Anti-Gnostic recently posted this passage from Alexis de Tocqueville on another site:
“Amongst democratic nations new families are constantly springing up, others are constantly falling away, and all that remain change their condition; the woof of time is every instant broken, and the track of generations effaced. Those who went before are soon forgotten; of those who will come after no one has any idea: the interest of man is confined to those in close propinquity to himself. As each class approximates to other classes, and intermingles with them, its members become indifferent and as strangers to one another. Aristocracy had made a chain of all the members of the community, from the peasant to the king: democracy breaks that chain, and severs every link of it. As social conditions become more equal, the number of persons increases who, although they are neither rich enough nor powerful enough to exercise any great influence over their fellow-creatures, have nevertheless acquired or retained sufficient education and fortune to satisfy their own wants. They owe nothing to any man, they expect nothing from any man; they acquire the habit of always considering themselves as standing alone, and they are apt to imagine that their whole destiny is in their own hands. Thus not only does democracy make every man forget his ancestors, but it hides his descendants, and separates his contemporaries from him; it throws him back forever upon himself alone, and threatens in the end to confine him entirely within the solitude of his own heart.”
Profound and prophetic. Deracinated me-man. A miserable island unto himself. A fellowship bereft of fellows. And worse, a man severed from the generational chords that connect him to father and son. Never to accept the civilizational estate from the former, as he squanders the inheritance of the latter. Tocqueville: …threatens to confine him entirely within the solitude of his own heart.
There are few so wretched as those living solely in the squalor of their own lives.
And this reminded me of similar conversations through the years. The exact time, place, and content of the words has been long forgotten, though I recall musing with a friend of the newly panoramic view from fatherhood. Of what felt like a spiritual molting. Of stepping beyond the confined space of our own small lives and realizing that we are all very short links in a very long chain. Of relinquishing with resignation a young man’s diversions for a grown man’s responsibility. Of fighting against life’s changing seasons…and learning to lose with perhaps some grace.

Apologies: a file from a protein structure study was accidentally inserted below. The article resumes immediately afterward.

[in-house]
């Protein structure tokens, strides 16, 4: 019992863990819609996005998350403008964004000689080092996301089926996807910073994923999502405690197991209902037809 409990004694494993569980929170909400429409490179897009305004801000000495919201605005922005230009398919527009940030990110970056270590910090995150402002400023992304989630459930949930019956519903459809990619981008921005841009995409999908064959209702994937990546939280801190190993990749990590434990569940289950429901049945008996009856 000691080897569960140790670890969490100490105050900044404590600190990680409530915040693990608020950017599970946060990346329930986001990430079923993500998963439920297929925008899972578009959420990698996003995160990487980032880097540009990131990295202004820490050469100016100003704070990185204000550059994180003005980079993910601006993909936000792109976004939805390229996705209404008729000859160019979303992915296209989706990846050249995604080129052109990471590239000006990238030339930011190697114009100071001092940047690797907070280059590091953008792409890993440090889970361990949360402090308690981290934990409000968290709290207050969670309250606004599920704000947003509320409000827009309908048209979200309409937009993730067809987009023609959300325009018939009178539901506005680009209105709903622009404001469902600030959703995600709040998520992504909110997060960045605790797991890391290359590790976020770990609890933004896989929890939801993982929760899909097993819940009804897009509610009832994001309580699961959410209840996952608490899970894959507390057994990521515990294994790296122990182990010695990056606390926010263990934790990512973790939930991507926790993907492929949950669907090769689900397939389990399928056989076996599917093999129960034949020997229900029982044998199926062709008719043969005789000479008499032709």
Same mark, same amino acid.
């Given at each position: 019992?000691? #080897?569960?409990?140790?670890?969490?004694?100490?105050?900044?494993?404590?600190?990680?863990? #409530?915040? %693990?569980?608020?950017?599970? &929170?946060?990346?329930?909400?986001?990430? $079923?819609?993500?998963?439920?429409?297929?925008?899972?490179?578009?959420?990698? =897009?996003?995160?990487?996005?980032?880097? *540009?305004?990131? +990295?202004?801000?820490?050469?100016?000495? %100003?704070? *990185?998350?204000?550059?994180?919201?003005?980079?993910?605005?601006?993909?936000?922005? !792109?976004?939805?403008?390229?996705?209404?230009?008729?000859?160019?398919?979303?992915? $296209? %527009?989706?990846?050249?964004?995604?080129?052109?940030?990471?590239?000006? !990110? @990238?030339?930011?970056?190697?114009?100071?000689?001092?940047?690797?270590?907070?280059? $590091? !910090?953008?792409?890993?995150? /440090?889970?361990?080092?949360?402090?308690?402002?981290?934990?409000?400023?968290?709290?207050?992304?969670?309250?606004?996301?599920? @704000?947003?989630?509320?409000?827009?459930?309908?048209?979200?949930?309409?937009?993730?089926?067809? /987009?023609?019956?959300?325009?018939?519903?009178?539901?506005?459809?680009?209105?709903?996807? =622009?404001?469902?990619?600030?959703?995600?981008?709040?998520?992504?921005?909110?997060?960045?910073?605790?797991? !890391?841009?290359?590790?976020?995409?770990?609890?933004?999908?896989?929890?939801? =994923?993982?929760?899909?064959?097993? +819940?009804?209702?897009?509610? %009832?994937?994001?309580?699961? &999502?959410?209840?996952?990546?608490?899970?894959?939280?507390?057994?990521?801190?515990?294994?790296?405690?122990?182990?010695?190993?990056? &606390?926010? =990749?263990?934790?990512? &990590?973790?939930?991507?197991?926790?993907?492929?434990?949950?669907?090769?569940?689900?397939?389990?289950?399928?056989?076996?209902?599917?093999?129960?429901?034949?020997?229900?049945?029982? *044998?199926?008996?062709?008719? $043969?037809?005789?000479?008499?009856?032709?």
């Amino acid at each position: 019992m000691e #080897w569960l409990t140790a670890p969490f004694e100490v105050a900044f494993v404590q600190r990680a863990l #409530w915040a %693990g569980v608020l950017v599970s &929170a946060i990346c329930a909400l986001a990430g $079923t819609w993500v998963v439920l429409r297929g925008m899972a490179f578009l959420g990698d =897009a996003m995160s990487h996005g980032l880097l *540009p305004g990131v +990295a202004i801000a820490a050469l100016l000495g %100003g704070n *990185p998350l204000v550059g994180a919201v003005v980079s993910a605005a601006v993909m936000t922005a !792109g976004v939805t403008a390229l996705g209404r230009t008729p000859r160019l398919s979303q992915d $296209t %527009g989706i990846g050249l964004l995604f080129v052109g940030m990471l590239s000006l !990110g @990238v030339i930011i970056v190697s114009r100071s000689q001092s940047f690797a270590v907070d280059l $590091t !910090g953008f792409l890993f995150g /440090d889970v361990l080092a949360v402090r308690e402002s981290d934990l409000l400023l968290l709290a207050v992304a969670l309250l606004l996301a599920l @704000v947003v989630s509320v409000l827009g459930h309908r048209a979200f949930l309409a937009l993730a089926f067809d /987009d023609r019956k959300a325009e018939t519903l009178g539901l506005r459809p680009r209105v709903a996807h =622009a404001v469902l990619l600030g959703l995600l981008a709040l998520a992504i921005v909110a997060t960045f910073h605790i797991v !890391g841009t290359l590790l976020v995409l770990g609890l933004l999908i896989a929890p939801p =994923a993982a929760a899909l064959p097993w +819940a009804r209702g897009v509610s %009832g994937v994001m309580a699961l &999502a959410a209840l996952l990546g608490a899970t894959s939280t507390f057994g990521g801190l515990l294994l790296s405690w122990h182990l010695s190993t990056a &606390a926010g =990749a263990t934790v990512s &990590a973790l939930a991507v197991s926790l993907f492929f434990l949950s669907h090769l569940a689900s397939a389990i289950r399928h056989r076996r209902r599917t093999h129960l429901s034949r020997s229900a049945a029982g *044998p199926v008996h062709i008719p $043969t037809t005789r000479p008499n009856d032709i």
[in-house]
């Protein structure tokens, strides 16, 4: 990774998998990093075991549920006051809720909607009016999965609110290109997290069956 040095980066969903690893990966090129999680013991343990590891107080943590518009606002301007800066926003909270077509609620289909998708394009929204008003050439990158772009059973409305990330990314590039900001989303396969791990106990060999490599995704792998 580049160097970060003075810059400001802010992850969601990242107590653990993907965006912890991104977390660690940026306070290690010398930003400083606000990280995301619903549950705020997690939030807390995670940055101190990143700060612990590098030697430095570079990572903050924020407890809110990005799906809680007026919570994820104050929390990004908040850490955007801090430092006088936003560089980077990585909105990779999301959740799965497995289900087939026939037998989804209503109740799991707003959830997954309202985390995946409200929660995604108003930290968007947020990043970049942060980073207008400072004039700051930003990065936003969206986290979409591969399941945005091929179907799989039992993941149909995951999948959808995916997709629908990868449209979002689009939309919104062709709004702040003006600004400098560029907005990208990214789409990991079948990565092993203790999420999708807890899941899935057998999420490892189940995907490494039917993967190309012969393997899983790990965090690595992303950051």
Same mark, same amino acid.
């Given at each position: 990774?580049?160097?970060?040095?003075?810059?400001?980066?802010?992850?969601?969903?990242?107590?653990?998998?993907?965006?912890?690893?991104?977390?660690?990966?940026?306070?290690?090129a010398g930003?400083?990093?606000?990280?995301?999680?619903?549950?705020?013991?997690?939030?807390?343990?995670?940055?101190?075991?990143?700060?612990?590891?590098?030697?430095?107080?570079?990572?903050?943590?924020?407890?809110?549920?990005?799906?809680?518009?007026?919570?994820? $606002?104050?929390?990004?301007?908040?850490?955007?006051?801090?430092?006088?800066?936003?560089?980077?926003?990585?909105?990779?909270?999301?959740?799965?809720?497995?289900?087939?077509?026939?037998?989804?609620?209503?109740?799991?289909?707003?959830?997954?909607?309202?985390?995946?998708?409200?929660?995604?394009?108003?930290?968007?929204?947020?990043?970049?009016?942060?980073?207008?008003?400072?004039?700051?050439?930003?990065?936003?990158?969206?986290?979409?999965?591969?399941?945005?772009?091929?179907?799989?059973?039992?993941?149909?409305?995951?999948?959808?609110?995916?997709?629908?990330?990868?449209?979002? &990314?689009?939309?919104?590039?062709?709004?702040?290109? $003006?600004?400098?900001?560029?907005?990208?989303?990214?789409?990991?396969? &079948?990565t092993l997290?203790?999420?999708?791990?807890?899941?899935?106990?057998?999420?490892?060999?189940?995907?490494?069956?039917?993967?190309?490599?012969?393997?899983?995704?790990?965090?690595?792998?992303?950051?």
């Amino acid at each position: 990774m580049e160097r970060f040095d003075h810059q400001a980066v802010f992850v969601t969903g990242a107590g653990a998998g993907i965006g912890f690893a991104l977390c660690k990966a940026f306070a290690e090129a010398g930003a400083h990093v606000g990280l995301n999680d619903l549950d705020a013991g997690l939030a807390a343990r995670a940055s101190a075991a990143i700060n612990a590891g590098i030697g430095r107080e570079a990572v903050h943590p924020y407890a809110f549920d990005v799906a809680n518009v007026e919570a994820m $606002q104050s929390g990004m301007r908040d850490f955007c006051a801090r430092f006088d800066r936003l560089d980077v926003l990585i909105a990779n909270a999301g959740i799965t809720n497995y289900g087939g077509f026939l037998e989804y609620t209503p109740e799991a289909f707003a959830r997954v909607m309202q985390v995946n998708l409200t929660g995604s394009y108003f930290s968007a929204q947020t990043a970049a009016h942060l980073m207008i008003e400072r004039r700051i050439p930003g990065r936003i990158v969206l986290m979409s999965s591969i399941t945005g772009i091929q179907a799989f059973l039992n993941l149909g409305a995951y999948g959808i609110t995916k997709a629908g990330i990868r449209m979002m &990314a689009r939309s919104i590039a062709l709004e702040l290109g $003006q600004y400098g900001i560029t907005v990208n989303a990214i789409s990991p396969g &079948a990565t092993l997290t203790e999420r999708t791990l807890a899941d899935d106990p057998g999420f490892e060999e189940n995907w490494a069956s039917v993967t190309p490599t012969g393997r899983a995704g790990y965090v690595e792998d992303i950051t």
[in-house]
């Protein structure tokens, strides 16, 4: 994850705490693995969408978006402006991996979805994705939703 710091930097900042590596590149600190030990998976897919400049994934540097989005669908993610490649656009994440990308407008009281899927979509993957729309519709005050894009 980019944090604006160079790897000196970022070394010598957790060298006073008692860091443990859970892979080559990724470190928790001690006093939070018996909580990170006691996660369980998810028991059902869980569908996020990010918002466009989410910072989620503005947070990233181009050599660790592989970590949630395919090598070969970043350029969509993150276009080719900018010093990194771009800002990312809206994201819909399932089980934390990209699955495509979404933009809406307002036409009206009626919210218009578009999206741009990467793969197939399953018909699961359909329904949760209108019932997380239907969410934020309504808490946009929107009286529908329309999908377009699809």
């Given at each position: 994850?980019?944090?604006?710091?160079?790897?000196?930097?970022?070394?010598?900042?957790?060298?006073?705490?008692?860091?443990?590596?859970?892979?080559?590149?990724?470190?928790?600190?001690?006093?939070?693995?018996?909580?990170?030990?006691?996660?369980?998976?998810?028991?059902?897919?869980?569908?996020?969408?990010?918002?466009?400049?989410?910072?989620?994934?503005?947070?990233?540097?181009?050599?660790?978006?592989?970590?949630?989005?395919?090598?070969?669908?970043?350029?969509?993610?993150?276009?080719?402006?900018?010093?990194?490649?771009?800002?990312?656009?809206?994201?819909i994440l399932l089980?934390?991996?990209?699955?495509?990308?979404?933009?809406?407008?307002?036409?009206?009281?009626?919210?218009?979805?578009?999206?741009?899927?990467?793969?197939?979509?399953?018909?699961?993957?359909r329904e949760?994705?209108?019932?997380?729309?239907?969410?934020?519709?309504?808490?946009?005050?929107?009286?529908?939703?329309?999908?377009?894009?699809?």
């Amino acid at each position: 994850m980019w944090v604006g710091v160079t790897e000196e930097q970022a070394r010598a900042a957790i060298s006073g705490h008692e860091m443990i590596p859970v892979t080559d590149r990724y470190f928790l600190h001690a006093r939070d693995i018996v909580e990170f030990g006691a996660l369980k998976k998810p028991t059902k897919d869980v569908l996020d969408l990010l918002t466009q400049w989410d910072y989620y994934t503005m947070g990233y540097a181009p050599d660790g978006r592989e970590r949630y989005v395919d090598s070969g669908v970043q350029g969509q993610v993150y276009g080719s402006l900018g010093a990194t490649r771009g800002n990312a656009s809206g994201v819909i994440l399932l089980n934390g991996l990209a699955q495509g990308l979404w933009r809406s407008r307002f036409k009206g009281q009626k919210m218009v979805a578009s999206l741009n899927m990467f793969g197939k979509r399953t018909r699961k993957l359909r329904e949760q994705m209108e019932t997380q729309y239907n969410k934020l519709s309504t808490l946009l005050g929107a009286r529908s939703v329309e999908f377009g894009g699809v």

And that final loss–suffered by every man–is rendered palatable only by the comfort of a role well performed. Of a life that was worth the living. Of a link that strengthened the chain. For most that will come from a conscientious stewardship of the civilization to be bequeathed to one’s true children and theirs. For some, from the courage, laughter, or innovation that inspire their people. Though for all, the final sleep arrives most gently to those who live on in others. And for those who find Earth’s most cherished object in the mirror…the sting of its approaching finality will be acute.
And this is what so many have either had taken or crassly cast away. The arteries from our past to our future, and between those with us in the today. We are not merely of ourselves. We are a part of something more. Something ancient and organic. And we have a part to play. Perhaps our children’s skin will one day be warmed by the light of a distant star. Perhaps their feet will fall upon other planets. But for that, they must have a place on this one. And that is our part to play.